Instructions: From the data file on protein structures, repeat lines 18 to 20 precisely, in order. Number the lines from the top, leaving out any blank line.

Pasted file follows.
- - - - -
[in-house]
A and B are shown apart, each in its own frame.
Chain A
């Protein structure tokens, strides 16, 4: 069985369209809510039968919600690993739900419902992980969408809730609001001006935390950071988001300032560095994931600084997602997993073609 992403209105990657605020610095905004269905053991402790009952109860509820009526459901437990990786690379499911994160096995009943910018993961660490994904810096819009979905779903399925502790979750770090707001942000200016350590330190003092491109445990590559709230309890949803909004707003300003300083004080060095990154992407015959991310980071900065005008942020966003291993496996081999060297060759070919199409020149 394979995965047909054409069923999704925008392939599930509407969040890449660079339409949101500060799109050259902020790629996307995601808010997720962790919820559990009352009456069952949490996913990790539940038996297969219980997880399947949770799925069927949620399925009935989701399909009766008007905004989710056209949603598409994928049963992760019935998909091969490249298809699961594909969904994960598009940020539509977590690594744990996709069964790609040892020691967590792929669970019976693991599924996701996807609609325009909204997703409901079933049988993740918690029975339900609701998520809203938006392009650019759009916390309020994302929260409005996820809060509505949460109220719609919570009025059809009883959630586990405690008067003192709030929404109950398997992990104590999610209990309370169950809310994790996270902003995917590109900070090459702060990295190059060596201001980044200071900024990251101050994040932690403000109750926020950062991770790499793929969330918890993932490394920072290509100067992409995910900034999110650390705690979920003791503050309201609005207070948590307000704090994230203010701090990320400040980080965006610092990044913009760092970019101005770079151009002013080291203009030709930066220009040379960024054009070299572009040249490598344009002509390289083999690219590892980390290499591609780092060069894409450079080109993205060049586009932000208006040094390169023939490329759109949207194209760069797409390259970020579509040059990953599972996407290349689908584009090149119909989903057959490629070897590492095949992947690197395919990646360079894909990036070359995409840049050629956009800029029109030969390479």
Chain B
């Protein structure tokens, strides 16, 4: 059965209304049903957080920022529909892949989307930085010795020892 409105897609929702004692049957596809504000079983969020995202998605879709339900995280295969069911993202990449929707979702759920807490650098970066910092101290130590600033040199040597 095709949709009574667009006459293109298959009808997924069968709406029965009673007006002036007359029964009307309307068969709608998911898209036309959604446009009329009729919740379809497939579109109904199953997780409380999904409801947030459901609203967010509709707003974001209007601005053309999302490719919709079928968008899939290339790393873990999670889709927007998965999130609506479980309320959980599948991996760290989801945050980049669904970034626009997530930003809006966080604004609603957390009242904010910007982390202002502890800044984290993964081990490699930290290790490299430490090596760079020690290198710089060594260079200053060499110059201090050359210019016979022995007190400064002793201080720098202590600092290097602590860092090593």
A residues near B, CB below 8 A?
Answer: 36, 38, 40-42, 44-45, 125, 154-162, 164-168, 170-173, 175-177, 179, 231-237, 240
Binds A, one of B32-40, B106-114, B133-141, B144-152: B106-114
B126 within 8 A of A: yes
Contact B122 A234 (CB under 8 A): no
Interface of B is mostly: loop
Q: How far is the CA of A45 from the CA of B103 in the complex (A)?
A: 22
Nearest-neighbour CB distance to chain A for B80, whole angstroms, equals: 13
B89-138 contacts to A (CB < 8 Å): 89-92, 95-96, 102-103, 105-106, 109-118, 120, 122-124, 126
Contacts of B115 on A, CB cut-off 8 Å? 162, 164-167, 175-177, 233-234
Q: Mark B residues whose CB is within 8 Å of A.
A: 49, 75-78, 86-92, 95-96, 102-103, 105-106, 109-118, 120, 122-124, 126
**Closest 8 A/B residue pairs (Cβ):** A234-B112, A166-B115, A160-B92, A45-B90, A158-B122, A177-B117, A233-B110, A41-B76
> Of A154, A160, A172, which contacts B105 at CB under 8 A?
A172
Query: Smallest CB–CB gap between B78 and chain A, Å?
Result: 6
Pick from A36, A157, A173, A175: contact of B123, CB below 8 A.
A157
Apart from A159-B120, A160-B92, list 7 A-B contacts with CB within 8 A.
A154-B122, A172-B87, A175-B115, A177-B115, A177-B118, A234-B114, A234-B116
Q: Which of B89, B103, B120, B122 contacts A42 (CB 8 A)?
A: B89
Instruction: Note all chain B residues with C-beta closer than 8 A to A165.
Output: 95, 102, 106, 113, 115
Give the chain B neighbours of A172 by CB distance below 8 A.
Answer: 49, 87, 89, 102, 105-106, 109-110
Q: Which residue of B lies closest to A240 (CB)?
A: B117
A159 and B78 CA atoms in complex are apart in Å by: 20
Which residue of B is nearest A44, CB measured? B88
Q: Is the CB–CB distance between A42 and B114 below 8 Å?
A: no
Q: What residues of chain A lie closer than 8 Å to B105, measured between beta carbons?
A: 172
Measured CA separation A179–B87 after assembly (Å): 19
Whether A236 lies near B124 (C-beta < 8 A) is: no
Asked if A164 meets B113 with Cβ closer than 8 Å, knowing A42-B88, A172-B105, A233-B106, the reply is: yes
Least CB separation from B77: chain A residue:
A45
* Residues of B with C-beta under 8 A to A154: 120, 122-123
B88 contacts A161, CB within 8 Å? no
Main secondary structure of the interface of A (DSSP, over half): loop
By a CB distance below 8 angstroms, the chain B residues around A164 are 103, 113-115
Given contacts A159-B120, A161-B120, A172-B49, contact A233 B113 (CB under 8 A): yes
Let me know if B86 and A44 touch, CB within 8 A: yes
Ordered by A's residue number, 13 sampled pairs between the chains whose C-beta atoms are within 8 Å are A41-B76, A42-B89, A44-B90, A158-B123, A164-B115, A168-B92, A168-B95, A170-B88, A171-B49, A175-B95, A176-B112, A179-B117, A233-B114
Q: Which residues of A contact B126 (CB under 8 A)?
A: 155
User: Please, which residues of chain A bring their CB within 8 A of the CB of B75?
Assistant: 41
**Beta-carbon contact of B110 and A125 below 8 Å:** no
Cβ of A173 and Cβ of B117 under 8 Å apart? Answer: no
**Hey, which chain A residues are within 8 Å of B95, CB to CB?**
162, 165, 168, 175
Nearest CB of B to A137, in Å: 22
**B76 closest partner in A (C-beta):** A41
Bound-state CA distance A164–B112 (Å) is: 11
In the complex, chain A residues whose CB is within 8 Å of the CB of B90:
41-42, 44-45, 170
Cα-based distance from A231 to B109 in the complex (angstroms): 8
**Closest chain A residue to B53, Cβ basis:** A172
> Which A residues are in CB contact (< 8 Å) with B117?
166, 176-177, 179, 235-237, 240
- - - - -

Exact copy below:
Q: Mark B residues whose CB is within 8 Å of A.
A: 49, 75-78, 86-92, 95-96, 102-103, 105-106, 109-118, 120, 122-124, 126
**Closest 8 A/B residue pairs (Cβ):** A234-B112, A166-B115, A160-B92, A45-B90, A158-B122, A177-B117, A233-B110, A41-B76